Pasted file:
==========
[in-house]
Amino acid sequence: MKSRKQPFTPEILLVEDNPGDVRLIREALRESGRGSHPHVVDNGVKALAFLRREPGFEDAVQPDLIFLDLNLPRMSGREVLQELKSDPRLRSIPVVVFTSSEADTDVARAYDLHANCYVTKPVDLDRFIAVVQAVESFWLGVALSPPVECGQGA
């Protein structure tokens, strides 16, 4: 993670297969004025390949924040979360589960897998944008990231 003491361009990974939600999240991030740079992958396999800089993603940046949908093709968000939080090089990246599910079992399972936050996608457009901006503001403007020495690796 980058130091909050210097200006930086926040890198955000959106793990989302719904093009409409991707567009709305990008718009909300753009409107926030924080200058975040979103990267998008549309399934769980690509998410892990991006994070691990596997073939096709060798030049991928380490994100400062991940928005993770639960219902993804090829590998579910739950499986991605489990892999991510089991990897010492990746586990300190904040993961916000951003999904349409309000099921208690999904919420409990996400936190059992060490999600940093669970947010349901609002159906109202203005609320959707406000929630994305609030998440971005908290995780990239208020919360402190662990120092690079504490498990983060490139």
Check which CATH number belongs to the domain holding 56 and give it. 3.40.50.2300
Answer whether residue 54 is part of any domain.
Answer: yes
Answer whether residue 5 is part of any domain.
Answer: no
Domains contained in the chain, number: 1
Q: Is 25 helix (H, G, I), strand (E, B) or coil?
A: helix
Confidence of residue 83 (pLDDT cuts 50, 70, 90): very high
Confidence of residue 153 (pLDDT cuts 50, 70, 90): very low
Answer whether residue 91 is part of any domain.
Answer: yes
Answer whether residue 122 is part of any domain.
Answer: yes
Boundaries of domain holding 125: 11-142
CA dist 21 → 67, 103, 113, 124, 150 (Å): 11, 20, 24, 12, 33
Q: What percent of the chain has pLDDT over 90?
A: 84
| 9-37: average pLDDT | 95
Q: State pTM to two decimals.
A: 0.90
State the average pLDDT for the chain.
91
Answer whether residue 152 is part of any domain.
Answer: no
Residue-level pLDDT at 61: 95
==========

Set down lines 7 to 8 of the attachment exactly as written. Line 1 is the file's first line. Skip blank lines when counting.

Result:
Answer whether residue 5 is part of any domain.
Answer: no